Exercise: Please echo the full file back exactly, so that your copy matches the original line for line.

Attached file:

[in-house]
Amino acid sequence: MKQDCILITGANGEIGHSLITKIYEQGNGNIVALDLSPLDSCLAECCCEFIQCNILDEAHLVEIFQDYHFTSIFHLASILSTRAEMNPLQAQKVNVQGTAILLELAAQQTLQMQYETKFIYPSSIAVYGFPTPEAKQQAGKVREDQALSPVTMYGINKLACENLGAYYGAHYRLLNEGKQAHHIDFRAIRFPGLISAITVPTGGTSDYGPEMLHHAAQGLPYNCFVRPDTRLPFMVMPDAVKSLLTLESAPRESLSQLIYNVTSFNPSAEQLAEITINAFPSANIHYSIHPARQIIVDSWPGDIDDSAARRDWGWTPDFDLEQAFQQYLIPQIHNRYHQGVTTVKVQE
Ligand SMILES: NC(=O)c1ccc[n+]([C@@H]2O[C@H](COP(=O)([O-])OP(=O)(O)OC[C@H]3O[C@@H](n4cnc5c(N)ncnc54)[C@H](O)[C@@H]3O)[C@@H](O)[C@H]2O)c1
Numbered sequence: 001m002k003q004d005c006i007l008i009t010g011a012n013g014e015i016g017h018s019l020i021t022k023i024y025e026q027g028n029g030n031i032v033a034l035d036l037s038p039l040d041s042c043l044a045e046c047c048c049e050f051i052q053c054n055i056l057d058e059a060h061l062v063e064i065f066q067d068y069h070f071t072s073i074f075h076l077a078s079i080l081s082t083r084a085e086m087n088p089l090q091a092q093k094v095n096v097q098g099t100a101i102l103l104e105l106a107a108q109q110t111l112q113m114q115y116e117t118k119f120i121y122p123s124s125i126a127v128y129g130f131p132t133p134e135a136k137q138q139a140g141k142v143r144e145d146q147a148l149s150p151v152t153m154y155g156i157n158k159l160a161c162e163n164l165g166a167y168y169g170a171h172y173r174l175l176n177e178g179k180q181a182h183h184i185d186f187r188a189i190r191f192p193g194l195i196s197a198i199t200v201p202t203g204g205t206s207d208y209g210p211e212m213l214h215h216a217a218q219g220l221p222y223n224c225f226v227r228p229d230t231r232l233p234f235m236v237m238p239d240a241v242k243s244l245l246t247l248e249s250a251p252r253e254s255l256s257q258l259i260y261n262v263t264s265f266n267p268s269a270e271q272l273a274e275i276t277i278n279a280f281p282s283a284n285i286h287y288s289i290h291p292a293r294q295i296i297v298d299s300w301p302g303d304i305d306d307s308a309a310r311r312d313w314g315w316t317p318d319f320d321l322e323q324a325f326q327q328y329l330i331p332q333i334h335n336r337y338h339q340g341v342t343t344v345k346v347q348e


[in-house]
Amino acid sequence: MKQDCILITGANGEIGHSLITKIYEQGNGNIVALDLSPLDSCLAECCCEFIQCNILDEAHLVEIFQDYHFTSIFHLASILSTRAEMNPLQAQKVNVQGTAILLELAAQQTLQMQYETKFIYPSSIAVYGFPTPEAKQQAGKVREDQALSPVTMYGINKLACENLGAYYGAHYRLLNEGKQAHHIDFRAIRFPGLISAITVPTGGTSDYGPEMLHHAAQGLPYNCFVRPDTRLPFMVMPDAVKSLLTLESAPRESLSQLIYNVTSFNPSAEQLAEITINAFPSANIHYSIHPARQIIVDSWPGDIDDSAARRDWGWTPDFDLEQAFQQYLIPQIHNRYHQGVTTVKVQE
Ligand SMILES: NC(=O)c1ccc[n+]([C@@H]2O[C@H](COP(=O)([O-])OP(=O)(O)OC[C@H]3O[C@@H](n4cnc5c(N)ncnc54)[C@H](O)[C@@H]3O)[C@@H](O)[C@H]2O)c1
Numbered sequence: 001m002k003q004d005c006i007l008i009t010g011a012n013g014e015i016g017h018s019l020i021t022k023i024y025e026q027g028n029g030n031i032v033a034l035d036l037s038p039l040d041s042c043l044a045e046c047c048c049e050f051i052q053c054n055i056l057d058e059a060h061l062v063e064i065f066q067d068y069h070f071t072s073i074f075h076l077a078s079i080l081s082t083r084a085e086m087n088p089l090q091a092q093k094v095n096v097q098g099t100a101i102l103l104e105l106a107a108q109q110t111l112q113m114q115y116e117t118k119f120i121y122p123s124s125i126a127v128y129g130f131p132t133p134e135a136k137q138q139a140g141k142v143r144e145d146q147a148l149s150p151v152t153m154y155g156i157n158k159l160a161c162e163n164l165g166a167y168y169g170a171h172y173r174l175l176n177e178g179k180q181a182h183h184i185d186f187r188a189i190r191f192p193g194l195i196s197a198i199t200v201p202t203g204g205t206s207d208y209g210p211e212m213l214h215h216a217a218q219g220l221p222y223n224c225f226v227r228p229d230t231r232l233p234f235m236v237m238p239d240a241v242k243s244l245l246t247l248e249s250a251p252r253e254s255l256s257q258l259i260y261n262v263t264s265f266n267p268s269a270e271q272l273a274e275i276t277i278n279a280f281p282s283a284n285i286h287y288s289i290h291p292a293r294q295i296i297v298d299s300w301p302g303d304i305d306d307s308a309a310r311r312d313w314g315w316t317p318d319f320d321l322e323q324a325f326q327q328y329l330i331p332q333i334h335n336r337y338h339q340g341v342t343t344v345k346v347q348e